With the bubble of oxygen left in the bag I breathed in. Life, it would soon be gone. And not sorely missed. The series of events that led up to my current predicament was only a small addition to the long list of sore points that had been a long and arduous life. The bag sucked up against my face as I breathed in and out. Hyperventilating at this point, it would not be long before I passed out and after that… Onwards to the great beyond, whatever lay over that hill. And as everything went black, my mind screeched out in horror and my bodily instincts of self-preservation kicked back in and without being able to control myself, I pulled the plastic back off of my head. Being free of the plastic confinement, I breathed in that much needed resource and regained my breath. What the hell was wrong with me? I wanted it, I wanted to die. It was just that… I would give it another shot. And then on the repeat attempt the same thing happened. Just before I lost consciousness, my body naturally tore off the plastic bag and I was back where I started. I continued this repetitive cycle for the next hour. Every time, the same thing happened. In one of my attempts, I rolled over and onto the remote control for the television. Without trying, I managed to turn the thing on and switch it to a non-broadcast channel that played the radio. In amongst the attempts, I began listening to the television. It was jazz being played on the television and after I had exhausted myself through the several attempts to end my life, I sat there and listened. Just listened. I couldn’t even end my own life, I had failed at even that. And then I just lay there.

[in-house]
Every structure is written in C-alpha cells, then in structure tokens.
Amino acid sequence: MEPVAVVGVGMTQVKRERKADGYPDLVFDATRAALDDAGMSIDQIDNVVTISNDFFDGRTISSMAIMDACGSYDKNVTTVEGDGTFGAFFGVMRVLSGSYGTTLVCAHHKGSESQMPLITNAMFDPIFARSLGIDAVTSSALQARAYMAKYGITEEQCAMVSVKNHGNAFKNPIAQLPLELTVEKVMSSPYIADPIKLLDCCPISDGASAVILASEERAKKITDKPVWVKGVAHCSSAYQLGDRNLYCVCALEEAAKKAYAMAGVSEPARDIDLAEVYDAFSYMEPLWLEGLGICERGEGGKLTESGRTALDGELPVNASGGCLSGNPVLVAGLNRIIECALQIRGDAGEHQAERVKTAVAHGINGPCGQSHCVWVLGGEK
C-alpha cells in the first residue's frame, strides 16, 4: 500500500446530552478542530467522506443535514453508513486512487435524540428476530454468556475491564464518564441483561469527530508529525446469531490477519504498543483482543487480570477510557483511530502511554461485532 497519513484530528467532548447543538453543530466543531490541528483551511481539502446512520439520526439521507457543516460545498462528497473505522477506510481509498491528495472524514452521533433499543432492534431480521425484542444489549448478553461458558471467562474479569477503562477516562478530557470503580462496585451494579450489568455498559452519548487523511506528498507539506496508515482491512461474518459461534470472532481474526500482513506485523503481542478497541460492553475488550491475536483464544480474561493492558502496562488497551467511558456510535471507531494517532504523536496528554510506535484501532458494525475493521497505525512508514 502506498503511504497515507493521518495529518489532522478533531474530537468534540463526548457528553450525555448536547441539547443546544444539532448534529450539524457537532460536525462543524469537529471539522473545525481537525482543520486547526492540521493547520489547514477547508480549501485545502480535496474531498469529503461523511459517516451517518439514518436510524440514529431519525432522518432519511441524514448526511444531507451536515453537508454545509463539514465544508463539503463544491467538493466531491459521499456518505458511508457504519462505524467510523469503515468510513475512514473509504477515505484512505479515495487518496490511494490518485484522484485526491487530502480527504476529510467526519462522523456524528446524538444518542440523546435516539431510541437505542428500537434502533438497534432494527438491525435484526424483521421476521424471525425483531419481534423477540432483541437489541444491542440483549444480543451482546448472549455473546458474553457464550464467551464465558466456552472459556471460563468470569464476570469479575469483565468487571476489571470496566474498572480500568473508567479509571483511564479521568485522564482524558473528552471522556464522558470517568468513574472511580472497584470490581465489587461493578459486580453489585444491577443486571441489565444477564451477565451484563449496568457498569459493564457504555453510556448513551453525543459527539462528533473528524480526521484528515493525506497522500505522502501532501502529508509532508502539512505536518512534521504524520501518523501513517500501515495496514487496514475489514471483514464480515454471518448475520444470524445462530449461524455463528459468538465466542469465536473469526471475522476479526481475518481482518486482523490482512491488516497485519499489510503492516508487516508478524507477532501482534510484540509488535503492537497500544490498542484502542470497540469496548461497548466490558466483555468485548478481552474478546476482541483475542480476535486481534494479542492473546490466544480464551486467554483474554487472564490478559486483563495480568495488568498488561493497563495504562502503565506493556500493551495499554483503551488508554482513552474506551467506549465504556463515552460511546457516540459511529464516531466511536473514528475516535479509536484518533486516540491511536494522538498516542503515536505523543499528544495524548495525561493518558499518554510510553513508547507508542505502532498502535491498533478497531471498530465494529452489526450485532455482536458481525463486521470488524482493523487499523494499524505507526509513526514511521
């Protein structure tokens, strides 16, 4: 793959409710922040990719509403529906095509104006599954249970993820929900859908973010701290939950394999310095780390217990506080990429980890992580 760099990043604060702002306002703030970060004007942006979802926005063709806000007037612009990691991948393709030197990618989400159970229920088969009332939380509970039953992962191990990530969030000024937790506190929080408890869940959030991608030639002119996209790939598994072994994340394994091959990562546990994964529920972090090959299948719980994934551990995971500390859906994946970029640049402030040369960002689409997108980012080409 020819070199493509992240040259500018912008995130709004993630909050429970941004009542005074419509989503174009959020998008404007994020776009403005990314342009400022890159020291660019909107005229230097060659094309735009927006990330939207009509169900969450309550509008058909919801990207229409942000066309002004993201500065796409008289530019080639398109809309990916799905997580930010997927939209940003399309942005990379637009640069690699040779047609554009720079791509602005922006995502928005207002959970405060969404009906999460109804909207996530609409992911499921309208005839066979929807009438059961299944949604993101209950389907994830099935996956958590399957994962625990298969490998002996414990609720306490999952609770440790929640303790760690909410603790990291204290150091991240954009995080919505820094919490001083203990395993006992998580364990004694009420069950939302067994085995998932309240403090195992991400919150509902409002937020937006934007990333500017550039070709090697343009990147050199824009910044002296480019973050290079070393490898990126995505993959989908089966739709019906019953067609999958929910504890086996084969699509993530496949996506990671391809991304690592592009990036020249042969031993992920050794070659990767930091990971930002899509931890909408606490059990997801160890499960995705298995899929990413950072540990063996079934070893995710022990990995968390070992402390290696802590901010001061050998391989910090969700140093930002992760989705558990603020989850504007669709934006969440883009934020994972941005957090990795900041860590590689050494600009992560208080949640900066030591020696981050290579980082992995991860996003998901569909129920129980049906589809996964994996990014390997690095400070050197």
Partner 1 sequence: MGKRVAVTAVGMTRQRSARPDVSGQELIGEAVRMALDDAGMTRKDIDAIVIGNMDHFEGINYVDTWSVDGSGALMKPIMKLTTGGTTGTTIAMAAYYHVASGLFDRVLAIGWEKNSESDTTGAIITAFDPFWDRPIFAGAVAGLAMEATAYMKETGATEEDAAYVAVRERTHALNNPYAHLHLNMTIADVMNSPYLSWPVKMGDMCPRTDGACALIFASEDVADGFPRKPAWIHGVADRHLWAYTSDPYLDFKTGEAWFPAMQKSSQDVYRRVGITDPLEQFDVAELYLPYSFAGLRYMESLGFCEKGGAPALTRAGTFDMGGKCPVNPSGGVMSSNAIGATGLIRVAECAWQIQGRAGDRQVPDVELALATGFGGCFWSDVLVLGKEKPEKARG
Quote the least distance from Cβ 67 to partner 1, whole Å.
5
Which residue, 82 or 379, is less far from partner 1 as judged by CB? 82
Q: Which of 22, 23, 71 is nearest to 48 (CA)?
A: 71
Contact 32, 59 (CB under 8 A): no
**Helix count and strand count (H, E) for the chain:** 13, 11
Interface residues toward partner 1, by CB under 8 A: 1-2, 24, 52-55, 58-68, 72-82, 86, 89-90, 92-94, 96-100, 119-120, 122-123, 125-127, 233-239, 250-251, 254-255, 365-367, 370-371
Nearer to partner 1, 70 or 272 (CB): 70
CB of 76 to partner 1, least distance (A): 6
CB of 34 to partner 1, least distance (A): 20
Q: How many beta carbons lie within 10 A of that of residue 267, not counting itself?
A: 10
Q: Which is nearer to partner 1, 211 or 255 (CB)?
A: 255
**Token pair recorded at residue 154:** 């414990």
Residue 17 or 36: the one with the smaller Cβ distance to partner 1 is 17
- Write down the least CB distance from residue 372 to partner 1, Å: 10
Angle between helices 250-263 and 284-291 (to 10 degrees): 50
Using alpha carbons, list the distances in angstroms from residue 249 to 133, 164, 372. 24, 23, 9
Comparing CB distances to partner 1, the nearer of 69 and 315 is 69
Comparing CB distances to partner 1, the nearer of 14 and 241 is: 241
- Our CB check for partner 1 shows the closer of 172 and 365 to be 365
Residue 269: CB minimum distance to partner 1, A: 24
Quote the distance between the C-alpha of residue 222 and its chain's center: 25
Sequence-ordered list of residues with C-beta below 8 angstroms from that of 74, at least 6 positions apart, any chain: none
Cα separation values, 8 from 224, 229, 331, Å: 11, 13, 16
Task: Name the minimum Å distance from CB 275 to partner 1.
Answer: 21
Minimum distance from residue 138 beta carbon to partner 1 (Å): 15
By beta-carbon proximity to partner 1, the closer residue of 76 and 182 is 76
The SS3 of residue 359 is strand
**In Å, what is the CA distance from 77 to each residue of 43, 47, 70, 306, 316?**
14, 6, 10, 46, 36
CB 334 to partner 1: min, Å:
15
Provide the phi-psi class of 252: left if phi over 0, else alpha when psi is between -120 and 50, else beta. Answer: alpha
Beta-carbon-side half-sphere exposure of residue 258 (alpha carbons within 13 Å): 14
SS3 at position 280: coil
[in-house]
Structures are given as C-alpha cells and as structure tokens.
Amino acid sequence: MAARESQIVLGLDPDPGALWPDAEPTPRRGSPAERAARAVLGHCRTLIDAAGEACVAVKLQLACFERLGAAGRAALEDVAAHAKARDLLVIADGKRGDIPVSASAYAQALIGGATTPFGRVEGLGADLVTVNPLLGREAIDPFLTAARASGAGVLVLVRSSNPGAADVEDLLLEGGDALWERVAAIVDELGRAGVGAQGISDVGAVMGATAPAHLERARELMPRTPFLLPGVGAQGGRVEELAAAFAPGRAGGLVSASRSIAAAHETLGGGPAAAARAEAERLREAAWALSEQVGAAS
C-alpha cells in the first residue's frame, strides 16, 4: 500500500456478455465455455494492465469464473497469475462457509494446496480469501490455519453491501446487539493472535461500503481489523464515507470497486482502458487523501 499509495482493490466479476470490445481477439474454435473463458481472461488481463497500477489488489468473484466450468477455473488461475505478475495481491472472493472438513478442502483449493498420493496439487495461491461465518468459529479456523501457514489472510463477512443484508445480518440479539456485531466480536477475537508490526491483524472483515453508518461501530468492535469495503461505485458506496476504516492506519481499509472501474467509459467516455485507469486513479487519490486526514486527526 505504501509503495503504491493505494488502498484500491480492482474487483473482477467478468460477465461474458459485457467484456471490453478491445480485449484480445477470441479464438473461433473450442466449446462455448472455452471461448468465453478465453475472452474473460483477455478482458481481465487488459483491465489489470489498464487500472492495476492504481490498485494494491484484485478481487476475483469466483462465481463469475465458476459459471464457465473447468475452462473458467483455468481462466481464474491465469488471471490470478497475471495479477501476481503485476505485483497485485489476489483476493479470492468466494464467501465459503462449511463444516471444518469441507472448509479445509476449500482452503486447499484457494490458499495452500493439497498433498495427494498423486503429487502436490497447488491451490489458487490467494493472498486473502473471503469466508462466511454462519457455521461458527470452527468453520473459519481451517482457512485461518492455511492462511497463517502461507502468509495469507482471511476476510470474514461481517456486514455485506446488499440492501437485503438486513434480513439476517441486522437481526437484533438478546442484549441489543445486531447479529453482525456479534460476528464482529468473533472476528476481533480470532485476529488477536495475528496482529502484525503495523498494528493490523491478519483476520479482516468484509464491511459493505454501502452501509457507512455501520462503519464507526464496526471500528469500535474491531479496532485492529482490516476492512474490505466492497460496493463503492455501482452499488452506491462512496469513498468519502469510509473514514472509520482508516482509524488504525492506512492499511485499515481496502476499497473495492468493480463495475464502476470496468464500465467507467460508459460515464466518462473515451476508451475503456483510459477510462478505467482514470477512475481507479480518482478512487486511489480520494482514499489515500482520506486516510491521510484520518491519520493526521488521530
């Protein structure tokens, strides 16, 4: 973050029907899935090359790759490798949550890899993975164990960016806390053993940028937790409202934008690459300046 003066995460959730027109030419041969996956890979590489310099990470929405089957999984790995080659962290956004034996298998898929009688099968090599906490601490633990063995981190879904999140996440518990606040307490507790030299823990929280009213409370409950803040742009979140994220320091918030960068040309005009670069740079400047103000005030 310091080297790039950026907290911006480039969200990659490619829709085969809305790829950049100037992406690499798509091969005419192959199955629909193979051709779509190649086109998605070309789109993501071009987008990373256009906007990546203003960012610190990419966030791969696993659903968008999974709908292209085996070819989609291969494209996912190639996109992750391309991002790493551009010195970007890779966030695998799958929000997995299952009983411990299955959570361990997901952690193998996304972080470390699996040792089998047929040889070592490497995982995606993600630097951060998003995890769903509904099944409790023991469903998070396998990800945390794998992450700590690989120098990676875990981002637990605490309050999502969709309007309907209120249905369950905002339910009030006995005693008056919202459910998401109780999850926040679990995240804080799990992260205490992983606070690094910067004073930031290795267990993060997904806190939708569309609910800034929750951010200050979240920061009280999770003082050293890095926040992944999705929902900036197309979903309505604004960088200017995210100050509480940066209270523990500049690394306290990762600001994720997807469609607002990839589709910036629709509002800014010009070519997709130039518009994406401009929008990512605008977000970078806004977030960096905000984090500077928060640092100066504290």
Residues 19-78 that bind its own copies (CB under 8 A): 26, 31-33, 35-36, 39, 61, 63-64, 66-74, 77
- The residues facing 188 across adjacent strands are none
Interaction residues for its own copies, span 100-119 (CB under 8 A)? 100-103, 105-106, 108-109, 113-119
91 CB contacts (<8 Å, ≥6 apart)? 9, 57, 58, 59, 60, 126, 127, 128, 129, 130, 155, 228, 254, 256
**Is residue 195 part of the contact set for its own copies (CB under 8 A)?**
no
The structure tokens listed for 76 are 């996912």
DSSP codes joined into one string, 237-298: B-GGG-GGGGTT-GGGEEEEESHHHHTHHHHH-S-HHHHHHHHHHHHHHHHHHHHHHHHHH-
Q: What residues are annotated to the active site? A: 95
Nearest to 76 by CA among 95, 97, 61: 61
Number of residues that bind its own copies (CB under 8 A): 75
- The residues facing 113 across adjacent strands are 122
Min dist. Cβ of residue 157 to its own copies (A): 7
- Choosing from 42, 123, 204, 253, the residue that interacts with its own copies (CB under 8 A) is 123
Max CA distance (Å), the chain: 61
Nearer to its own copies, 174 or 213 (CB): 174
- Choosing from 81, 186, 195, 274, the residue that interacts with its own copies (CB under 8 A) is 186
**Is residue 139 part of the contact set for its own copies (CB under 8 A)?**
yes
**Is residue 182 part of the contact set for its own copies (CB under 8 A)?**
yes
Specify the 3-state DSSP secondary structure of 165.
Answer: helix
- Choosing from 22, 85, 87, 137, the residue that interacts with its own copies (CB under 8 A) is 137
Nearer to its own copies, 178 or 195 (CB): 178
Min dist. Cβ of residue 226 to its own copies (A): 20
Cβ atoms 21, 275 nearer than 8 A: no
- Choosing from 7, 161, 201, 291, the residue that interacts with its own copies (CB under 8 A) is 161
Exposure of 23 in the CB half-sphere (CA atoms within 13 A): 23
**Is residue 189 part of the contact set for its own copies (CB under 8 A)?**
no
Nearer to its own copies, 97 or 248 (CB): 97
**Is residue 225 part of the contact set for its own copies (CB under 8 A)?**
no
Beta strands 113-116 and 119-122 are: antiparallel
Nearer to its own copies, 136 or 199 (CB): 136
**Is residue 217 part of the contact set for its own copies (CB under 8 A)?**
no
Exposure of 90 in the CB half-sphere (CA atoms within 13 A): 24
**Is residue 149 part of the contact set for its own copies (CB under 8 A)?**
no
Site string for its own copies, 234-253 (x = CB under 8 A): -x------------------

And then I did something I had never done before. I began to appreciate the music. I could really feel the upbeat rhythm in which jazz is born and founded. Yep, the beats entered my ears and travelled up my spine as I bopped my head up and down. Jazz was the shiz niz.
And that’s how I began listening and appreciating jazz. The blow of the brass instruments, the racy tunes that lit a fire up under my arse. It all clicked with me.